# unsupervised thresholding of signal amplitudes: MLE?

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hxen on 29 Nov 2023
Commented: Star Strider on 6 Dec 2023
I am hoping someone with knowledge of unsupervised signal processing can advise how best to handle the following problem. I have a long time series signal whose noisy baseline fluctuates over time:.
From the image above, you can see that there are low and high amplitude components. The small amplitudes are a mixture or noise plus some very low-amplitude real background signal. The small amplitude events compose the majority of events. However, I am interested in extracing the time occurrences and ampltiudes of the larger amplitude events only.
One problem is the unstable baseline on top of which the large amiplitudes ride (top subplot, black trace). Gven the fluctuating baseline, what would be best to determine the height of large amplitudes is not obvious. Relatedly, what method would be appropriate for this problem to unbiasedly determine a threshold to detect the lage ampltudes?
An approach I have tried is to first obtain the minimums of the troughs and use these values as query points (red circles in blown up image below) for fitting an interpolated line as a moving base (red dashed line). Substracting the moving base from the raw signal gives a flatten baseline (bottom subplot, blue trace):
From the flatten signal, I use a findpeaks and threshold for peak detection for anything above 3 medians. This has worked well as the majority of events are small ampltudes and three medians is selecting out the large peaks well (red and black ticks). With this methods, I can extract the time points of the large peak events and their amplitudes (as the difference of the moving basline from the raw signal at the peak points). However this is not unbiased of course and for other recordings this approach can be less effective.
To have a completely unbiased analysis, I am entertaining using an MLE approach by first using findpeaks (or peakfinder) to get the amplitudes of all the peak amplitudes (small and large) and then using this to get an unbiased threshold for selecting only the large amplitudes. Here's a histogram of the peak amplitudes:
While you can (arguably) discern two overlapping histograms (one centered around 0.5 and the other at around 2), I was hoping what was intuitively a bimodal distribution would have been more apparent. Nonetheless is there a way to use MLE to get an amplitude value at the intersection of these two overlaps corresponding to the more frequent small-amplitude and less frequent larger-amplitude events? Or is there perhaps a better way to approach this problem.
A related question to be asked is if the interpolated moving baseline subtraction is the best way to handle the noisy nature of the signal. But since there are portions that go below starting "zeroed" reference level, it is not at all clear how else to handle this fluctuating baseline.
Much apprecation and thanks for all who have read through this and can give advise/help on running this analysis in an unbiased and well-justified manner.
Cheers.
P. S. If it helps, the ampltude data in the histogram above has been included as well.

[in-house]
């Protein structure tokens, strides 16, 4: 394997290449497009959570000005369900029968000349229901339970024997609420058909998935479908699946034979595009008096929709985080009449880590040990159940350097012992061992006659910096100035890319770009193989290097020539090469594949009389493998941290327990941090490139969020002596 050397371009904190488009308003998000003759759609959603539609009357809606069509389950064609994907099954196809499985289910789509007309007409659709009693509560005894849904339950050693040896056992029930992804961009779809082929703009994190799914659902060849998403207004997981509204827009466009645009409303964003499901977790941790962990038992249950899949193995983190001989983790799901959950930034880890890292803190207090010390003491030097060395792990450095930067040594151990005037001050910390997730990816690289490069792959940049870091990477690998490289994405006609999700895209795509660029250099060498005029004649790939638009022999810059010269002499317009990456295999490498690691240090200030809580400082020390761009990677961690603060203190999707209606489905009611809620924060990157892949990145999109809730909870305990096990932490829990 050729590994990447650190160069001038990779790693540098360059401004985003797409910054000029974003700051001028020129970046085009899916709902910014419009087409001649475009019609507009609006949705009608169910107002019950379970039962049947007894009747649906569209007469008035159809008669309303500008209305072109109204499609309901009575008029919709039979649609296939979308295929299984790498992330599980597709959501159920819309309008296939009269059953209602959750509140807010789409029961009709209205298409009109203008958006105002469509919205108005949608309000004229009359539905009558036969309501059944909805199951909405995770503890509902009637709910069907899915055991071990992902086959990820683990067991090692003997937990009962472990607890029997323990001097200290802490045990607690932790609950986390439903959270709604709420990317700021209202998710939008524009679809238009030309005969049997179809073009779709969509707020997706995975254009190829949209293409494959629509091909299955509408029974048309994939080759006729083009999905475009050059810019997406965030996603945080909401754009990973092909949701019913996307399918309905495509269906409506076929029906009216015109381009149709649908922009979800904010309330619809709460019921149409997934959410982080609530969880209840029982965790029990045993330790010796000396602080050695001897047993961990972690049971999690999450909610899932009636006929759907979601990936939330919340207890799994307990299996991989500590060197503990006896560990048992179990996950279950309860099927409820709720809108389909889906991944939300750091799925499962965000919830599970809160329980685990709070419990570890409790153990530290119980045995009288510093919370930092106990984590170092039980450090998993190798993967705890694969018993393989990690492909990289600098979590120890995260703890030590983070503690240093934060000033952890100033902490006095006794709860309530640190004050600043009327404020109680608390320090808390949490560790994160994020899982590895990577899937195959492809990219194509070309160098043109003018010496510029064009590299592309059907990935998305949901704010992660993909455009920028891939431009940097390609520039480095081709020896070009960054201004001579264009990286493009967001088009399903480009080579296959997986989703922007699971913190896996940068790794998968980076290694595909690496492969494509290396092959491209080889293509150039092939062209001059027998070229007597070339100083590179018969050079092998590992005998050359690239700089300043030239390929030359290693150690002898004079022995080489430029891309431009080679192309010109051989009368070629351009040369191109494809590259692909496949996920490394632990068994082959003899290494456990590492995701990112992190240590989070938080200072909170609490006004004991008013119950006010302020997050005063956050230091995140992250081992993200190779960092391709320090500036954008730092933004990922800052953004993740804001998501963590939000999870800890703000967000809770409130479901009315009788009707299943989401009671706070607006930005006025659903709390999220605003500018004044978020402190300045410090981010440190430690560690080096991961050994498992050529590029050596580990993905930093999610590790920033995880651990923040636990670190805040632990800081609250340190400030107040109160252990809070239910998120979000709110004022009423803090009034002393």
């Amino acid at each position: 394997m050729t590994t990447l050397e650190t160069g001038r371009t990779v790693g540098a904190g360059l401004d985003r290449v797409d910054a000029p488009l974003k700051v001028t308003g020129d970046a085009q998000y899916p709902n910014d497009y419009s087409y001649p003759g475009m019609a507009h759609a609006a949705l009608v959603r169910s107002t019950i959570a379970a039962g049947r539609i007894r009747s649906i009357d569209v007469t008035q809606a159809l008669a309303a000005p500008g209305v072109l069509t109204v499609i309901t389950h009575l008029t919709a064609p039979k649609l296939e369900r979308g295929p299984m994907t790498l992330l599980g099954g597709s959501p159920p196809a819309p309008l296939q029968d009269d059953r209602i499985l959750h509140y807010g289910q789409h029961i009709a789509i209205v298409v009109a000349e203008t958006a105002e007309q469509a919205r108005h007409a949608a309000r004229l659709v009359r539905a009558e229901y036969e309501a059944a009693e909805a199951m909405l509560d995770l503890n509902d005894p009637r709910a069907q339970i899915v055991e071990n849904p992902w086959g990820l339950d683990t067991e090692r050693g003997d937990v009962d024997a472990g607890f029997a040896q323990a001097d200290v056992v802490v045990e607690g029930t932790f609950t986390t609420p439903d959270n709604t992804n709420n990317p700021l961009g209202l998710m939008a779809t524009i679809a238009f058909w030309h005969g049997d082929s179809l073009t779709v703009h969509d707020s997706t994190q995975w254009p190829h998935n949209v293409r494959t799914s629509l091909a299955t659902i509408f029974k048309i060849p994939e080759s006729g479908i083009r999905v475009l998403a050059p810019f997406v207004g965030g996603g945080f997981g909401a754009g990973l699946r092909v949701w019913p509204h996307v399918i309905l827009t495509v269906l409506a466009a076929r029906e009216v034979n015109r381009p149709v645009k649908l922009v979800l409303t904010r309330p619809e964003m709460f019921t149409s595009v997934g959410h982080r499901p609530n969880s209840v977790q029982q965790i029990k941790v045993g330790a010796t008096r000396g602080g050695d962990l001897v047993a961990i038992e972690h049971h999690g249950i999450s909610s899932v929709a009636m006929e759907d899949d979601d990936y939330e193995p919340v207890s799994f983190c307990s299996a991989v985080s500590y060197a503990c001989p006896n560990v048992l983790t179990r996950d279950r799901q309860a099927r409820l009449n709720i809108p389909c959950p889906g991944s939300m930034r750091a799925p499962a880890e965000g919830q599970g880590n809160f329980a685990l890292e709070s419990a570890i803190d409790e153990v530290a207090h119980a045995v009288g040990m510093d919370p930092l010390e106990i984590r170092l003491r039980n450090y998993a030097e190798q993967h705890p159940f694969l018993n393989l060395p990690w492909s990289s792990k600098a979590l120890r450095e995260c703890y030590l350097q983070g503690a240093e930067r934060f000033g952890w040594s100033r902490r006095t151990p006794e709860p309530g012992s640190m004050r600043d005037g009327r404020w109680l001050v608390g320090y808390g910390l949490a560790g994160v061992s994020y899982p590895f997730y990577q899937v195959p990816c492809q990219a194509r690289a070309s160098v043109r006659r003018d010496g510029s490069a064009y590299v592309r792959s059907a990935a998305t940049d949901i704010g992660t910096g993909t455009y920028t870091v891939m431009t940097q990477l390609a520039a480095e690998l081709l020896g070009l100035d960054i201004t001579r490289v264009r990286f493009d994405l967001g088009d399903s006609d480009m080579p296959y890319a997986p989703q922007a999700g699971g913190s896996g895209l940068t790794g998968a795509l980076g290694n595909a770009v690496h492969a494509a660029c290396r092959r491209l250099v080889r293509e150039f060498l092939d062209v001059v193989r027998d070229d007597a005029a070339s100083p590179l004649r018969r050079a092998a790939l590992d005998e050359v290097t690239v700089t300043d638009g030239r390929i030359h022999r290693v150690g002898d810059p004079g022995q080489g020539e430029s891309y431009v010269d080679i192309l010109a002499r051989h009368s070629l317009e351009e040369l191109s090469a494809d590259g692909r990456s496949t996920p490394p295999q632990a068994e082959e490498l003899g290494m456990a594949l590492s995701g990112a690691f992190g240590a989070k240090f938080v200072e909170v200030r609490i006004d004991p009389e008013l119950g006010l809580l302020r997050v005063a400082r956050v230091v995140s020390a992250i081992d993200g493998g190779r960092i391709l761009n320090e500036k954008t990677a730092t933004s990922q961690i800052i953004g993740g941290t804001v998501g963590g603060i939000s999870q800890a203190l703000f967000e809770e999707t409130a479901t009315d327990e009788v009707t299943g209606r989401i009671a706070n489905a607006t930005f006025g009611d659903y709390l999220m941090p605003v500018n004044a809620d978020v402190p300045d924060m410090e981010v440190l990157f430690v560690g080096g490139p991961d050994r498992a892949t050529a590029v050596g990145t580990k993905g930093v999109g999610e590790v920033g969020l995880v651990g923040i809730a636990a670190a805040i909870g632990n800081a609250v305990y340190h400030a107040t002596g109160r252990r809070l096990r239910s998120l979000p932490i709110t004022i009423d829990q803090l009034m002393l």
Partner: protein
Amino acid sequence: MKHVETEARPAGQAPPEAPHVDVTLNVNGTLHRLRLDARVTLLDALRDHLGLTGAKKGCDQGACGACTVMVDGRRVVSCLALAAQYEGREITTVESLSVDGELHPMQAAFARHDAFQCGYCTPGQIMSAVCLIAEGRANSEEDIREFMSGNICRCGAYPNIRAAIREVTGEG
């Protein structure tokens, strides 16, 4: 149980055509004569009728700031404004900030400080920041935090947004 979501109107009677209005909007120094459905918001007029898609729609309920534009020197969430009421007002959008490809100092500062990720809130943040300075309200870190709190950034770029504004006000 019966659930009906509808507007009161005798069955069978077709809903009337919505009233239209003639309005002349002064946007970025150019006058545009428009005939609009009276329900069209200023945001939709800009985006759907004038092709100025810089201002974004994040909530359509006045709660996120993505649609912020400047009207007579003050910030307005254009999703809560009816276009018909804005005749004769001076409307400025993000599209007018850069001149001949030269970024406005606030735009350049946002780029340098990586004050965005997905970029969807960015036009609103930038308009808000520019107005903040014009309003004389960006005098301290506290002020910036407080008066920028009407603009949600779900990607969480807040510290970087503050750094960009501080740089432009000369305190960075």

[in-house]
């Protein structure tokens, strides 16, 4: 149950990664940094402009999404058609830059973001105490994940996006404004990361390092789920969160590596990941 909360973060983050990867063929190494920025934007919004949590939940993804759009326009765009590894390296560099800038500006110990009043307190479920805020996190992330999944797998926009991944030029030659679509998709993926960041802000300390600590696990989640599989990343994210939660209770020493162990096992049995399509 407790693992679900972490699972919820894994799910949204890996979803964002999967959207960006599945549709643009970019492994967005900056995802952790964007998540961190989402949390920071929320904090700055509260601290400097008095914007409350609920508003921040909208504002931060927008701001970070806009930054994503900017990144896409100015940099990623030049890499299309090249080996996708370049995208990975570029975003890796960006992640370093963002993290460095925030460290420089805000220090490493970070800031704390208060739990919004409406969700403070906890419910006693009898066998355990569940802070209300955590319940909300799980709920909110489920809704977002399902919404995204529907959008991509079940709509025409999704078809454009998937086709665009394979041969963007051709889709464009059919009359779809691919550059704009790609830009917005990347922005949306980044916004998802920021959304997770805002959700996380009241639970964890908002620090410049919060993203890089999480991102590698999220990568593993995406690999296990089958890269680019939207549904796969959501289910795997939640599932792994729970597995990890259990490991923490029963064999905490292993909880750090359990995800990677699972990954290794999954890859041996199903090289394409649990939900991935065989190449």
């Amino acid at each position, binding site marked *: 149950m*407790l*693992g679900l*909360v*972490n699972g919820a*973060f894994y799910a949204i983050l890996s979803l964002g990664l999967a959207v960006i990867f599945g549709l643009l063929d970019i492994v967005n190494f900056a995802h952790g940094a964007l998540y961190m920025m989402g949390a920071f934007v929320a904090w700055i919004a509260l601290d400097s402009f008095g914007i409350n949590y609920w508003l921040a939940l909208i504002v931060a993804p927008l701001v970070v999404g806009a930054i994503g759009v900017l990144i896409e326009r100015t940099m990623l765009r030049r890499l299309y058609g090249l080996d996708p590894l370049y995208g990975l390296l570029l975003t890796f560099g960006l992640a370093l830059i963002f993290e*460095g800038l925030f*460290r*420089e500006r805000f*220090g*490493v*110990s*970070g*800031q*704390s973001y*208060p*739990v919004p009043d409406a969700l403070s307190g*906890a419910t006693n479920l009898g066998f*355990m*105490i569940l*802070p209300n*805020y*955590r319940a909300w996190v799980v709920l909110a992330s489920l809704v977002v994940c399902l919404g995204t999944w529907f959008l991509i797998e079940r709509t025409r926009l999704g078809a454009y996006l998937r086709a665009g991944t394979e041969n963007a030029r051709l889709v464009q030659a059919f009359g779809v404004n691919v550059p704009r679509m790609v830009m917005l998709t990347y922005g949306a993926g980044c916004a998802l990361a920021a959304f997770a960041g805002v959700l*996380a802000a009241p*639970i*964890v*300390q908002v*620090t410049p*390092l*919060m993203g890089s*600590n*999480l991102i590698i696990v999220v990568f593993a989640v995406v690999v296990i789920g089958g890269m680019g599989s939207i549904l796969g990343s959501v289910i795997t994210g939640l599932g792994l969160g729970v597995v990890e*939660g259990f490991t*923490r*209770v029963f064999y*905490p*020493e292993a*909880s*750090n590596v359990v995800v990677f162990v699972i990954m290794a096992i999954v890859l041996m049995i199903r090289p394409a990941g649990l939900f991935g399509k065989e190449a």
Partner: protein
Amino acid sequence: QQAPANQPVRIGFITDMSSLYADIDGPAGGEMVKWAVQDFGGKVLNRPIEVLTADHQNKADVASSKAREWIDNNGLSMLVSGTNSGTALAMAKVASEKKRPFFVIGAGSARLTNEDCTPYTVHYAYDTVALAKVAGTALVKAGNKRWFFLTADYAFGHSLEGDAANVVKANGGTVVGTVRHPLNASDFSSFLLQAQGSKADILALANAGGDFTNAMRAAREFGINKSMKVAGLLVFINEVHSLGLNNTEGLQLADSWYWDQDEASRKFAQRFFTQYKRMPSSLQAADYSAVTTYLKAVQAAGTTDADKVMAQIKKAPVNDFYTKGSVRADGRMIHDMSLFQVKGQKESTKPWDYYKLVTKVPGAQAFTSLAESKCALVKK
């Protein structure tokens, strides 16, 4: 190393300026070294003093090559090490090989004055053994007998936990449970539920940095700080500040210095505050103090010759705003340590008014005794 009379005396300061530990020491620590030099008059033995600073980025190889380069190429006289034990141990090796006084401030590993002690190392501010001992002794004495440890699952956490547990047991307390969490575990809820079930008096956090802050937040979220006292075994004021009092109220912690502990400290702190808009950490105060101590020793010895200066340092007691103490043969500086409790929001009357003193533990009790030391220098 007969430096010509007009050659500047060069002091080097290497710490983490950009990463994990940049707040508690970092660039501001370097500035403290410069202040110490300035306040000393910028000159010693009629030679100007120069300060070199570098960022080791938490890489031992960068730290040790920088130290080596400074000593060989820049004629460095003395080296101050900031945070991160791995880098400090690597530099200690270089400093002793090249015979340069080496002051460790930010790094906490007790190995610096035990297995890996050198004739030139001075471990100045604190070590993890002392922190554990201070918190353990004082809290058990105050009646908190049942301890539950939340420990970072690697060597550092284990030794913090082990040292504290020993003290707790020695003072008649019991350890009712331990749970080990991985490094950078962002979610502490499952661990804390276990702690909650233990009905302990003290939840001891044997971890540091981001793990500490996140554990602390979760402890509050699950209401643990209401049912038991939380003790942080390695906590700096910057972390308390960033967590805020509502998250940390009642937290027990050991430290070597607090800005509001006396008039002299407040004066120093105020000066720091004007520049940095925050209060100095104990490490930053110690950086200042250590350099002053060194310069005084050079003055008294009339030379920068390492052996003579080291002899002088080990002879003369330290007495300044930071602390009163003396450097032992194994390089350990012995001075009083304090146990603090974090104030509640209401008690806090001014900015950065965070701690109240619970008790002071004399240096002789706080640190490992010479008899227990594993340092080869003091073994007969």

Mathieu NOE on 1 Dec 2023
sorry , I forgot to provide it
here in attachment
hxen on 1 Dec 2023
Thanks Mathieu!

Star Strider on 30 Nov 2023
I encourage you to investigate the ‘prominence’ values of the peaks. This is not a straightforward concept to define (see the findpeaks documentation for a discussion) however it generally takes into account the ‘context’ of each peak to define how it relates to the signal values around it. This does not require any significant smoothing or data pre-processing, and it may be more useful than other peak metrics. (I generally define peaks by setting a 'MinPeakProminence' value in findpeaks calls.) I did a brief analysis of your signal with respect to the peak values and prominence values.
A ‘prominence threshold’ might do what you want —
tpb = LD.tpb;
L = numel(tpb);
x = linspace(0, L-1, L).';
figure
plot(x, tpb)
grid
xlabel('Index')
ylabel('Signal Amplitude')
[pks,locs,wdth,prom] = findpeaks(tpb);
[pkcounts,pkedges,pkbins] = histcounts(pks, 50);
figure
bar(pkedges(1:end-1)+mean(diff(pkedges))/2, pkcounts)
xlabel('Peak Amplitudes')
ylabel('Counts')
[prcounts,predges,prbins] = histcounts(prom, 50);
figure
bar(predges(1:end-1)+mean(diff(predges))/2, prcounts)
xlabel('Prominence Amplitudes')
ylabel('Counts')
pkpr = sortrows([pks,prom],1);
figure
plot(pkpr(:,1), pkpr(:,2))
grid
xlabel('Peak Amplitude')
ylabel('Prominence Value')
promThrshld = 3;
[pks2,locs2] = findpeaks(tpb, 'MinPeakProminence',promThrshld);
figure
plot(x, tpb, 'DisplayName','Data')
hold on
plot(x(locs2), pks2, 'sr', 'DisplayName','Peaks with Prominence Values >= 3')
hold off
grid
xlabel('Index')
ylabel('Signal Amplitude')
legend('Location','best')
.
hxen on 6 Dec 2023
"I thought I saw a Comment from you similar to the last one you posted here as well, however when I went back to look for it, I was not able to find it. "
That is what I recalled too. Weird. Perhaps I accidentally delted somehow as had the thread going on two comps. Anyway, thank you so much Star! I am accepting this as the prctile feature of findpeaks is good. Thank you so much for your very helpful feedback.
Star Strider on 6 Dec 2023
As always, my pleasure!